Assisted Living

March 18, 2005 at 1:54 pm  •  Posted in Residential & Long-Term Care by  •  0 Comments

What Are Assisted Living Residences?

Generally, assisted living residences provide a combination of housing and supportive services for seniors who do not require round-the-clock skilled nursing or medical care but do require more personal care and health services than independent living provides.

Assisted living facility settings vary widely — from small homes to big apartment buildings. Many are stand-alone assisted living residences, while others are connected to independent housing and/or a nursing home on the same campus.

Accommodations and services also vary. Some residences provide apartments with kitchenettes, while others offer private or shared rooms. In one residence, services may be limited to housekeeping and personal care, such as help with bathing and dressing; meanwhile, another may also offer other services such as physical therapy or transportation. Typical services include meals that are served in a common dining room, personal care, housekeeping, and activities.

Explore Your Options

We encourage you to explore the whole spectrum of long-term care options. Do you still live at home? If so, before deciding on assisted living, find out whether you could get home care, housekeeping, or other services — and what they would cost. These services could help you stay in your own house or apartment. Your own home is familiar, and it’s where you have the most freedom to lead your life as you want.

Maybe you are still able to live independently but want the companionship that communities offer. If so, here’s another option to consider: independent living, also called retirement communities, congregate living, or senior apartments. Independent living typically provides seniors with recreational, educational, and social activities. Although such residences may also provide laundry, linen, meal service, and transportation, they almost never offer any personal care of health services.

Plan Ahead

Many people have to choose an assisted living residence in the midst of a crisis, so they don’t have time to weigh their options. But it’s best if you can prepare ahead before any health crisis forces you to make a quick decision.

Your first consideration in choosing an assisted living residence should be the services offered and whether they will meet your needs, preferences, and budget. Find out if:

  • You will get the help you need when you need it?
  • Can you choose something that is not on the menu?
  • Does the activities program offer activities you enjoy?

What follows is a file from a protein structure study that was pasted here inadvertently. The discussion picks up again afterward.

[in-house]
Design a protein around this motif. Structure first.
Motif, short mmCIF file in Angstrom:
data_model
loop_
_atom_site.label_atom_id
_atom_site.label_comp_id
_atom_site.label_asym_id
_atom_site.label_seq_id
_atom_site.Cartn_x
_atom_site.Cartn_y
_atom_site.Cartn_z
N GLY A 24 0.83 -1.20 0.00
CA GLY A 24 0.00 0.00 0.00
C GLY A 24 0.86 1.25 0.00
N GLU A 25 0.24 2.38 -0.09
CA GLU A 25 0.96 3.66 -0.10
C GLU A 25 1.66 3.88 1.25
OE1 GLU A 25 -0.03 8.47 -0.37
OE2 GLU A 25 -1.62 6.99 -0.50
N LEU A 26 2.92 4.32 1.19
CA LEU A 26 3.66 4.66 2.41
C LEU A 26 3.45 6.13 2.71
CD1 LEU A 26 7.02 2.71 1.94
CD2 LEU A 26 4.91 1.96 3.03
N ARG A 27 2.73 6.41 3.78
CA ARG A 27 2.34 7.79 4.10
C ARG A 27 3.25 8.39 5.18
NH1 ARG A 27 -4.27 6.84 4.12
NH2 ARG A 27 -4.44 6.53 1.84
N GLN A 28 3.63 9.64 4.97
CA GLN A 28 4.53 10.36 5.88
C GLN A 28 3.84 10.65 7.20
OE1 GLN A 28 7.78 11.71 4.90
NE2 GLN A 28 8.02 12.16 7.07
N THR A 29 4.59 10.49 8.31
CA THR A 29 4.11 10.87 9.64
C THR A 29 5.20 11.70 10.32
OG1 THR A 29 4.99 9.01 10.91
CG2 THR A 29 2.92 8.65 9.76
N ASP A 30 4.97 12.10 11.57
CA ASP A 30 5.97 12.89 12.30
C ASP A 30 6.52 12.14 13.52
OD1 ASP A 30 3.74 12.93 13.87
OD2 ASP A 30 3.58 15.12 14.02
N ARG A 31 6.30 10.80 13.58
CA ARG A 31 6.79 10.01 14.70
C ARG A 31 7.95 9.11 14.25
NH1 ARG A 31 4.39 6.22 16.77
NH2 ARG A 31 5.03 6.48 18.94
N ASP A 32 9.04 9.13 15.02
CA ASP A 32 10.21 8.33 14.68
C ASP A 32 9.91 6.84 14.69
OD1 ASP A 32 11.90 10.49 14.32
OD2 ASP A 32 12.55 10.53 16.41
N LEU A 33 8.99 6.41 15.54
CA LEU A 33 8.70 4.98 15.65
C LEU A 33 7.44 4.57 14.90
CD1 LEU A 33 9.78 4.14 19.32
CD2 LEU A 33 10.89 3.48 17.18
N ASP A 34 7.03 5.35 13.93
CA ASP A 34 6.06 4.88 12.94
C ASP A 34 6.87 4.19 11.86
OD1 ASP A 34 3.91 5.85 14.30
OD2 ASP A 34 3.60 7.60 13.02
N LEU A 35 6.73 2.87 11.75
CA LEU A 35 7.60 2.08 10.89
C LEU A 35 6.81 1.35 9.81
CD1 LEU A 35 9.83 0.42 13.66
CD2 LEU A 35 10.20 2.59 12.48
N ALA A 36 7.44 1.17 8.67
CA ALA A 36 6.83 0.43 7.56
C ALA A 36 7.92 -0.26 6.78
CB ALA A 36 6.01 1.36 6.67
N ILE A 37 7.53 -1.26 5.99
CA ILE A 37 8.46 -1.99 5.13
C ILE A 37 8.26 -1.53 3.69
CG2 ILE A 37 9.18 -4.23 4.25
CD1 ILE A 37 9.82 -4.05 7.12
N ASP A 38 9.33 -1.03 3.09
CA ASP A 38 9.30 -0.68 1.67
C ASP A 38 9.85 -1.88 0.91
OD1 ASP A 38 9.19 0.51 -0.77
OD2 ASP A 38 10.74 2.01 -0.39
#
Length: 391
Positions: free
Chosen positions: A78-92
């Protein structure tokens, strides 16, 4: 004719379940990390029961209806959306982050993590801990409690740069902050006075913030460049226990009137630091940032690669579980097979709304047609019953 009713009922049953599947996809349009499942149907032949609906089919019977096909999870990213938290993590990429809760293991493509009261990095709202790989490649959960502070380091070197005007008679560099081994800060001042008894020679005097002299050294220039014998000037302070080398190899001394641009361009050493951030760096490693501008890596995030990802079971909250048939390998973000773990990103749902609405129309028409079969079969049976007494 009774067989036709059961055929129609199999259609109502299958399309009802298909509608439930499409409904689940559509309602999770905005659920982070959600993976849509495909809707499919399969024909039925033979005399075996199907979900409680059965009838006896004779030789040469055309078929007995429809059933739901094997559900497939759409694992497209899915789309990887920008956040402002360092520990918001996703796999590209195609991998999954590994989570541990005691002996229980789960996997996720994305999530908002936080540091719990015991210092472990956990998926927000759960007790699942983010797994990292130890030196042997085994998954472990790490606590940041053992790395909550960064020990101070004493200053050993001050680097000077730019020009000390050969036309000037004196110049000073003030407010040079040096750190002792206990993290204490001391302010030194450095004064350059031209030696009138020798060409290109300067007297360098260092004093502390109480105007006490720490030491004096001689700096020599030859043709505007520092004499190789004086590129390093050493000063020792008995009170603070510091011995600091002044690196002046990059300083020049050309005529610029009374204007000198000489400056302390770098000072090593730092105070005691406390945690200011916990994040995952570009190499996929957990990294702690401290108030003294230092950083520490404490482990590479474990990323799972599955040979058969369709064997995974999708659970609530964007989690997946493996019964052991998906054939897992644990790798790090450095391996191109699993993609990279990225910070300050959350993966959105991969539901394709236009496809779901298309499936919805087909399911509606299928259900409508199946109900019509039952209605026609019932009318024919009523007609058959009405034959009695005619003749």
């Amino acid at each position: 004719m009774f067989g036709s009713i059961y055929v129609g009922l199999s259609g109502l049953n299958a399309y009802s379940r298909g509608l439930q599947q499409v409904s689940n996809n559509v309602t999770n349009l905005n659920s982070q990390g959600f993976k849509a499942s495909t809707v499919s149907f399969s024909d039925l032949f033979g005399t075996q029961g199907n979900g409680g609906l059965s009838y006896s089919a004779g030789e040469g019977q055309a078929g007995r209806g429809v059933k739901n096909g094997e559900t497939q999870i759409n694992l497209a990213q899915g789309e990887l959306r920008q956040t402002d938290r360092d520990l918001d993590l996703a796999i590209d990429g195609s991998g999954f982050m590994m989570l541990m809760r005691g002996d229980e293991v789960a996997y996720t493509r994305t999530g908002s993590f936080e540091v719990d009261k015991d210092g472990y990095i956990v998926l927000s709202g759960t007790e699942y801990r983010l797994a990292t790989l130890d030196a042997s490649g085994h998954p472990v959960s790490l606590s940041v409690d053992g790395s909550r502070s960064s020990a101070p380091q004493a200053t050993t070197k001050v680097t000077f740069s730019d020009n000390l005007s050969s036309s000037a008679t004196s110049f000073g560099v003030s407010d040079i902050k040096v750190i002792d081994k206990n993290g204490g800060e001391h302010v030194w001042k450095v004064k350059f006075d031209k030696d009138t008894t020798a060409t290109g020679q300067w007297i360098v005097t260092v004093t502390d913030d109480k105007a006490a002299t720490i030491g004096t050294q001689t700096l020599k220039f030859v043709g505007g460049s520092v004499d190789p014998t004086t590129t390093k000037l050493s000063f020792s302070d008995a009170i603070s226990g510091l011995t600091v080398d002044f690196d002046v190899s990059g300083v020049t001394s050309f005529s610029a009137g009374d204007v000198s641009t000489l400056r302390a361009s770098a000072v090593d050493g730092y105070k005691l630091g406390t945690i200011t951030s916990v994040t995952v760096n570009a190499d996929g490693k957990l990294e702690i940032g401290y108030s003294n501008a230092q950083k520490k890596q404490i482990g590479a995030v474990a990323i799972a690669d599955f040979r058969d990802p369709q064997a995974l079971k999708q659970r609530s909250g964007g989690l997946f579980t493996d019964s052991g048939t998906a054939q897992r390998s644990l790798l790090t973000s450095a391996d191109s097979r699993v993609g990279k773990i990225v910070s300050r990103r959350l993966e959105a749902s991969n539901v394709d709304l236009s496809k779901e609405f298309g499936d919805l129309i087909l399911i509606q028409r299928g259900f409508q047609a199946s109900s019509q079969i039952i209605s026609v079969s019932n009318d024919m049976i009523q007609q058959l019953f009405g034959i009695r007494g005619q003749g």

• What housekeeping services are available and are they included in the monthly fee?
  • Next comes price. Assisted living can be expensive. Monthly fees may be the same for everyone, or set based on which services you need. But fees can rise at any time, and extra services may raise them, especially if they include hourly charges for assistance. The management of some residences also charges an entrance fee or requires a refundable security deposit. Some private long-term care insurance policies cover some of the costs associated with long-term care, but Medicare does not. Certain states may cover some services under Medicaid.
    Make Many Visits

    Try to make several visits to at least a few assisted living settings to decide which will best meet your needs and desires. Research your options by speaking to family, friends, and other resources in your area. The local area Agency on Aging which exists in many communities throughout the country, can provide information about how to find high quality assisted living.

    Try to visit a given residence at various times of the day — including at least one unannounced visit on an evening or weekend. Also, try to visit during at least one meal, so you can taste the food.

    Here are some questions to ask the staff:

    • Who draws up the Resident Service Plan (an individualized list and schedule of which services each resident receives, and when)? How involved is the resident and family in this process?
    • If monthly fees are based on a service formula, how often is it reassessed? When fees rise, how far in advance do you notify residents?
    • How stable is the residence financially? Ask for a copy of their annual report. Do a search on the Internet to see what reporting there has been on the company.
    • Who decides about transferring residents within and outside the residence? Is a nursing home affiliated with or attached to the residence, and if so, may I visit it?
    • How are grievances handled? Is there a Resident Council? Is there a Family Council? Who runs the councils?
    • How does the waiting list work? Is there a probationary period after a resident moves in?
    • What happens in a medical emergency?
    • What is the criteria for discharge?

    Try to be realistic about your needs. If you must rely on others to help you do certain things, you may not be able to lead quite as independent a life as you once did. It’s possible that you’ll have to balance what you want (your preferences) with what you need.

    Source: Thinking of Moving to an Assisted Living Residence? Fostering Autonomy & Independent. Coalition of Institutionalized Aged and Disabled (CIAD) and the Nursing Home Community Coalition of New York State (NHCC)


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